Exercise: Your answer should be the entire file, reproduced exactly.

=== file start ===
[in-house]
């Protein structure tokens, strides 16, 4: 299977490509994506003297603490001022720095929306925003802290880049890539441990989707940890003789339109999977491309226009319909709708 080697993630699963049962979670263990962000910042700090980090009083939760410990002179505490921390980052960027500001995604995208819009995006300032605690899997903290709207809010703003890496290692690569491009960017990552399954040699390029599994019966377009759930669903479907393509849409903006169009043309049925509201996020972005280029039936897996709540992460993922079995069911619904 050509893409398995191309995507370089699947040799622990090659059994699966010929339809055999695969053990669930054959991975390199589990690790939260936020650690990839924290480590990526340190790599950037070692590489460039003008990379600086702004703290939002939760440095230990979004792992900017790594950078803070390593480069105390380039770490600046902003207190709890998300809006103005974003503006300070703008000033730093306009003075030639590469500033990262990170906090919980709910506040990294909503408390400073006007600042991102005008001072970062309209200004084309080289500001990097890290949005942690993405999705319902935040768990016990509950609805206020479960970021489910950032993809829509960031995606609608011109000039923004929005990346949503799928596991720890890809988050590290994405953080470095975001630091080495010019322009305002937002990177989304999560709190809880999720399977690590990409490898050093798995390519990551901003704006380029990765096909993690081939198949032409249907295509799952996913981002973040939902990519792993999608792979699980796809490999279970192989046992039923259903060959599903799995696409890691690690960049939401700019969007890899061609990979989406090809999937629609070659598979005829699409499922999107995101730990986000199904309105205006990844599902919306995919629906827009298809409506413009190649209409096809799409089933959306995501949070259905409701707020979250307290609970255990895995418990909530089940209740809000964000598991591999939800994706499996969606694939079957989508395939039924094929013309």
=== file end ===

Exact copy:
[in-house]
């Protein structure tokens, strides 16, 4: 299977490509994506003297603490001022720095929306925003802290880049890539441990989707940890003789339109999977491309226009319909709708 080697993630699963049962979670263990962000910042700090980090009083939760410990002179505490921390980052960027500001995604995208819009995006300032605690899997903290709207809010703003890496290692690569491009960017990552399954040699390029599994019966377009759930669903479907393509849409903006169009043309049925509201996020972005280029039936897996709540992460993922079995069911619904 050509893409398995191309995507370089699947040799622990090659059994699966010929339809055999695969053990669930054959991975390199589990690790939260936020650690990839924290480590990526340190790599950037070692590489460039003008990379600086702004703290939002939760440095230990979004792992900017790594950078803070390593480069105390380039770490600046902003207190709890998300809006103005974003503006300070703008000033730093306009003075030639590469500033990262990170906090919980709910506040990294909503408390400073006007600042991102005008001072970062309209200004084309080289500001990097890290949005942690993405999705319902935040768990016990509950609805206020479960970021489910950032993809829509960031995606609608011109000039923004929005990346949503799928596991720890890809988050590290994405953080470095975001630091080495010019322009305002937002990177989304999560709190809880999720399977690590990409490898050093798995390519990551901003704006380029990765096909993690081939198949032409249907295509799952996913981002973040939902990519792993999608792979699980796809490999279970192989046992039923259903060959599903799995696409890691690690960049939401700019969007890899061609990979989406090809999937629609070659598979005829699409499922999107995101730990986000199904309105205006990844599902919306995919629906827009298809409506413009190649209409096809799409089933959306995501949070259905409701707020979250307290609970255990895995418990909530089940209740809000964000598991591999939800994706499996969606694939079957989508395939039924094929013309």